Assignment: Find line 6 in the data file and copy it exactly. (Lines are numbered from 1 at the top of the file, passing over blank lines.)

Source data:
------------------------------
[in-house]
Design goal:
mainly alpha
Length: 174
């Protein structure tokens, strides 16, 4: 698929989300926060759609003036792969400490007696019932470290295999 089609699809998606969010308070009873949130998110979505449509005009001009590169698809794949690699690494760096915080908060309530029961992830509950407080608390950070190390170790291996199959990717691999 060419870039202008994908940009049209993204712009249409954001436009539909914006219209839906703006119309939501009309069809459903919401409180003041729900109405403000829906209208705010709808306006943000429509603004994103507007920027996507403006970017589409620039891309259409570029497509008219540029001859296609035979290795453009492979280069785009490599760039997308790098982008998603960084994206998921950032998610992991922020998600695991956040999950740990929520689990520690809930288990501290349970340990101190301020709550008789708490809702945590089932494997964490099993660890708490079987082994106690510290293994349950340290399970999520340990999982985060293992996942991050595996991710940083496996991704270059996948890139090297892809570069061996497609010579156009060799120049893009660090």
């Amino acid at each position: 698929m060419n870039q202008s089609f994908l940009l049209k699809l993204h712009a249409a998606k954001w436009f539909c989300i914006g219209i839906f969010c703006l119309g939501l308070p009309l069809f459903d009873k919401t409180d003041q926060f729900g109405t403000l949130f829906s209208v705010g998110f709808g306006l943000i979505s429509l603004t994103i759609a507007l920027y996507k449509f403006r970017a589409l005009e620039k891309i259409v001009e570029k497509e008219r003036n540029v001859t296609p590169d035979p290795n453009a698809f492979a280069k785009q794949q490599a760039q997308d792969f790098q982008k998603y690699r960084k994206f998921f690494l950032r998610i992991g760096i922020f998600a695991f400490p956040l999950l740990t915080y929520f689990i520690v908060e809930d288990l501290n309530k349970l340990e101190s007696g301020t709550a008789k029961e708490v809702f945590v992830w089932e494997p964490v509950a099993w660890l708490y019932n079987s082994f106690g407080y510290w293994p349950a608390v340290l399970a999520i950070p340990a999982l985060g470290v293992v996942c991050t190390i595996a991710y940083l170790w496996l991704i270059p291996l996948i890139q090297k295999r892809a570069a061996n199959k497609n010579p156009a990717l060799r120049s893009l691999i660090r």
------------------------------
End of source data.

């Amino acid at each position: 698929m060419n870039q202008s089609f994908l940009l049209k699809l993204h712009a249409a998606k954001w436009f539909c989300i914006g219209i839906f969010c703006l119309g939501l308070p009309l069809f459903d009873k919401t409180d003041q926060f729900g109405t403000l949130f829906s209208v705010g998110f709808g306006l943000i979505s429509l603004t994103i759609a507007l920027y996507k449509f403006r970017a589409l005009e620039k891309i259409v001009e570029k497509e008219r003036n540029v001859t296609p590169d035979p290795n453009a698809f492979a280069k785009q794949q490599a760039q997308d792969f790098q982008k998603y690699r960084k994206f998921f690494l950032r998610i992991g760096i922020f998600a695991f400490p956040l999950l740990t915080y929520f689990i520690v908060e809930d288990l501290n309530k349970l340990e101190s007696g301020t709550a008789k029961e708490v809702f945590v992830w089932e494997p964490v509950a099993w660890l708490y019932n079987s082994f106690g407080y510290w293994p349950a608390v340290l399970a999520i950070p340990a999982l985060g470290v293992v996942c991050t190390i595996a991710y940083l170790w496996l991704i270059p291996l996948i890139q090297k295999r892809a570069a061996n199959k497609n010579p156009a990717l060799r120049s893009l691999i660090r």